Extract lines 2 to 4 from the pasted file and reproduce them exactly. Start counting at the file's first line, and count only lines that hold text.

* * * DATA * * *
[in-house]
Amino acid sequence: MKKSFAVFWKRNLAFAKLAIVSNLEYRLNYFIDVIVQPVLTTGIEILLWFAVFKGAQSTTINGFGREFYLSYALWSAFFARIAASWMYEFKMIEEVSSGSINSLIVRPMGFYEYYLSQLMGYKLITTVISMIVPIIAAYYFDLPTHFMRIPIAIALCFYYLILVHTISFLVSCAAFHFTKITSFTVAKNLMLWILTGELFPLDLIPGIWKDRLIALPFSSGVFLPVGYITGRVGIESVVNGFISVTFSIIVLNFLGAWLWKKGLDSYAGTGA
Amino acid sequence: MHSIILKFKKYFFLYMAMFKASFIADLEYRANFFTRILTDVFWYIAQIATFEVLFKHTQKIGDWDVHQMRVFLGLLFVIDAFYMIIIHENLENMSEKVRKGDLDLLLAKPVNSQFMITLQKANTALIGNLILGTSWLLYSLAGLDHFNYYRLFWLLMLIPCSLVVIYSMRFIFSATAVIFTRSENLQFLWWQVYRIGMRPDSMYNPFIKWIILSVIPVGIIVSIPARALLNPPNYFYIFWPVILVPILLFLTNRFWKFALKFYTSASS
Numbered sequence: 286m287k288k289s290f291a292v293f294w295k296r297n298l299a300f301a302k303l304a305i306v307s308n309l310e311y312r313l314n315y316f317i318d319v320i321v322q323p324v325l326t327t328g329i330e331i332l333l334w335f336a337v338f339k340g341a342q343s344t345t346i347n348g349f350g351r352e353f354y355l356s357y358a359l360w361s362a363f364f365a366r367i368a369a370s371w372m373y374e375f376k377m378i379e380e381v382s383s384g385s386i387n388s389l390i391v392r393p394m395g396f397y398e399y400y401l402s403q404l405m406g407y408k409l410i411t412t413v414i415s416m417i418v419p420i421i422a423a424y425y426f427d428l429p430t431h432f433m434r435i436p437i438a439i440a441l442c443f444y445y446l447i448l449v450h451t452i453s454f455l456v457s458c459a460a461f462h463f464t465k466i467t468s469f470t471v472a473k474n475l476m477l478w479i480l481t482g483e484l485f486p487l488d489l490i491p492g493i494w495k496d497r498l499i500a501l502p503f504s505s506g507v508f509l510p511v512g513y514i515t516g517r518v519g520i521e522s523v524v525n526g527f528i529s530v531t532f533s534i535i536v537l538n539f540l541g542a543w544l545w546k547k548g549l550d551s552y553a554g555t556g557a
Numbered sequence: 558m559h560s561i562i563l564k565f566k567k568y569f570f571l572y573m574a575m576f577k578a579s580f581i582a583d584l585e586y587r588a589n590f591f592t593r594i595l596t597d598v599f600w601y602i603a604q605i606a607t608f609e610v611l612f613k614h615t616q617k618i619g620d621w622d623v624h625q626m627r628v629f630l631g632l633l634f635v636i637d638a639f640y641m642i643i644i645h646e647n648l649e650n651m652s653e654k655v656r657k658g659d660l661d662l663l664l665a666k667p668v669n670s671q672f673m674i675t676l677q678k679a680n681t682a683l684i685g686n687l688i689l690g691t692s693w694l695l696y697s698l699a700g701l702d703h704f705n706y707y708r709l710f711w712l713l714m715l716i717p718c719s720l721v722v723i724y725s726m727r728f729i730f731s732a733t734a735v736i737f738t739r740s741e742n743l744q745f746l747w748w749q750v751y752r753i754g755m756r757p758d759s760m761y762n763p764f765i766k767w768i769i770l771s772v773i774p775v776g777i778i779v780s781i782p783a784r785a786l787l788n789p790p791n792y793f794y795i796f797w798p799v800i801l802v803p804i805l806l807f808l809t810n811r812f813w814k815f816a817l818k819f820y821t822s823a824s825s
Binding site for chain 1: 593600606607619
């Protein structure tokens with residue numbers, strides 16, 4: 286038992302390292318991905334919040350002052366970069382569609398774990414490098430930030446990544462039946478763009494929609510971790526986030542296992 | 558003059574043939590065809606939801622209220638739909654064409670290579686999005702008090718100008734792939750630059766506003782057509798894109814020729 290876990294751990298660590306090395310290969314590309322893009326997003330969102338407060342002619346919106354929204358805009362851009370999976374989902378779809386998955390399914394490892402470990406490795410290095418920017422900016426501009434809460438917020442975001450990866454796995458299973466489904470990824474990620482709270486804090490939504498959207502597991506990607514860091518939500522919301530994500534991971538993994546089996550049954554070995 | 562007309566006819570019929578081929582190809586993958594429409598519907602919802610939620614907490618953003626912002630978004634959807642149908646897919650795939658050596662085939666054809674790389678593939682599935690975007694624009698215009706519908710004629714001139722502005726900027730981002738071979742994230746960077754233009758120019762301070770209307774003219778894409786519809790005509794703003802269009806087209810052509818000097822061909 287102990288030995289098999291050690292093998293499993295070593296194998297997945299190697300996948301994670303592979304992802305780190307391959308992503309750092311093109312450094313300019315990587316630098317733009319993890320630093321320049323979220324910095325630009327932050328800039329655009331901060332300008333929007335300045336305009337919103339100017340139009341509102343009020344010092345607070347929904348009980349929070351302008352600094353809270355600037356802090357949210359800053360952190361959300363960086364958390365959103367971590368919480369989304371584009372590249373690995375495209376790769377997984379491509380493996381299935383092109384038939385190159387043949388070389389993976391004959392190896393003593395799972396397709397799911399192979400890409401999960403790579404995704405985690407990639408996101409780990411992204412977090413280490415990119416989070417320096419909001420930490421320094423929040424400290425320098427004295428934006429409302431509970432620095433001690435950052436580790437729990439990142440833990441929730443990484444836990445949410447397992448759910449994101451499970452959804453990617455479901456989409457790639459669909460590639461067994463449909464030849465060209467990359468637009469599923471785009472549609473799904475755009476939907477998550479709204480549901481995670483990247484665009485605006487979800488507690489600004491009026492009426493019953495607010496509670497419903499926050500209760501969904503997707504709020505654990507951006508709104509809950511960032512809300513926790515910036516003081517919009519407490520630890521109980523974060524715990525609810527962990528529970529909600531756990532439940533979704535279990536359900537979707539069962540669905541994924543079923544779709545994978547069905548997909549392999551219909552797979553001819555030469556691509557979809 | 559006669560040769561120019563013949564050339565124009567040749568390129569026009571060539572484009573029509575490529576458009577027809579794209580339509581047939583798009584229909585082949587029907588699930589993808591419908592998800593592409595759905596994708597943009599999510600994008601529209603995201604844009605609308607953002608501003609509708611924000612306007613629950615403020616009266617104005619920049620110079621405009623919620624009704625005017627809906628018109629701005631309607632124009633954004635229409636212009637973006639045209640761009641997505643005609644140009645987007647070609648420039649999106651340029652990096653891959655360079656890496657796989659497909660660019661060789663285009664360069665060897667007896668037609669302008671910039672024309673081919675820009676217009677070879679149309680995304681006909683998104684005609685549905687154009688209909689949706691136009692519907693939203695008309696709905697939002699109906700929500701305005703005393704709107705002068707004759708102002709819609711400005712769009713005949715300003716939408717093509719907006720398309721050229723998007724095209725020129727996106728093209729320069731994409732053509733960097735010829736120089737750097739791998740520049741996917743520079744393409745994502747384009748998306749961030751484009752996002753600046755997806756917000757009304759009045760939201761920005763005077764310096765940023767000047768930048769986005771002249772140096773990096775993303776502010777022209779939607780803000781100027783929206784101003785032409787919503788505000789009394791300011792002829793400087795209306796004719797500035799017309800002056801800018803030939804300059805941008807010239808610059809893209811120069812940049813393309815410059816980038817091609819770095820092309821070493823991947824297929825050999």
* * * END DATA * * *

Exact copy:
Amino acid sequence: MKKSFAVFWKRNLAFAKLAIVSNLEYRLNYFIDVIVQPVLTTGIEILLWFAVFKGAQSTTINGFGREFYLSYALWSAFFARIAASWMYEFKMIEEVSSGSINSLIVRPMGFYEYYLSQLMGYKLITTVISMIVPIIAAYYFDLPTHFMRIPIAIALCFYYLILVHTISFLVSCAAFHFTKITSFTVAKNLMLWILTGELFPLDLIPGIWKDRLIALPFSSGVFLPVGYITGRVGIESVVNGFISVTFSIIVLNFLGAWLWKKGLDSYAGTGA
Amino acid sequence: MHSIILKFKKYFFLYMAMFKASFIADLEYRANFFTRILTDVFWYIAQIATFEVLFKHTQKIGDWDVHQMRVFLGLLFVIDAFYMIIIHENLENMSEKVRKGDLDLLLAKPVNSQFMITLQKANTALIGNLILGTSWLLYSLAGLDHFNYYRLFWLLMLIPCSLVVIYSMRFIFSATAVIFTRSENLQFLWWQVYRIGMRPDSMYNPFIKWIILSVIPVGIIVSIPARALLNPPNYFYIFWPVILVPILLFLTNRFWKFALKFYTSASS
Numbered sequence: 286m287k288k289s290f291a292v293f294w295k296r297n298l299a300f301a302k303l304a305i306v307s308n309l310e311y312r313l314n315y316f317i318d319v320i321v322q323p324v325l326t327t328g329i330e331i332l333l334w335f336a337v338f339k340g341a342q343s344t345t346i347n348g349f350g351r352e353f354y355l356s357y358a359l360w361s362a363f364f365a366r367i368a369a370s371w372m373y374e375f376k377m378i379e380e381v382s383s384g385s386i387n388s389l390i391v392r393p394m395g396f397y398e399y400y401l402s403q404l405m406g407y408k409l410i411t412t413v414i415s416m417i418v419p420i421i422a423a424y425y426f427d428l429p430t431h432f433m434r435i436p437i438a439i440a441l442c443f444y445y446l447i448l449v450h451t452i453s454f455l456v457s458c459a460a461f462h463f464t465k466i467t468s469f470t471v472a473k474n475l476m477l478w479i480l481t482g483e484l485f486p487l488d489l490i491p492g493i494w495k496d497r498l499i500a501l502p503f504s505s506g507v508f509l510p511v512g513y514i515t516g517r518v519g520i521e522s523v524v525n526g527f528i529s530v531t532f533s534i535i536v537l538n539f540l541g542a543w544l545w546k547k548g549l550d551s552y553a554g555t556g557a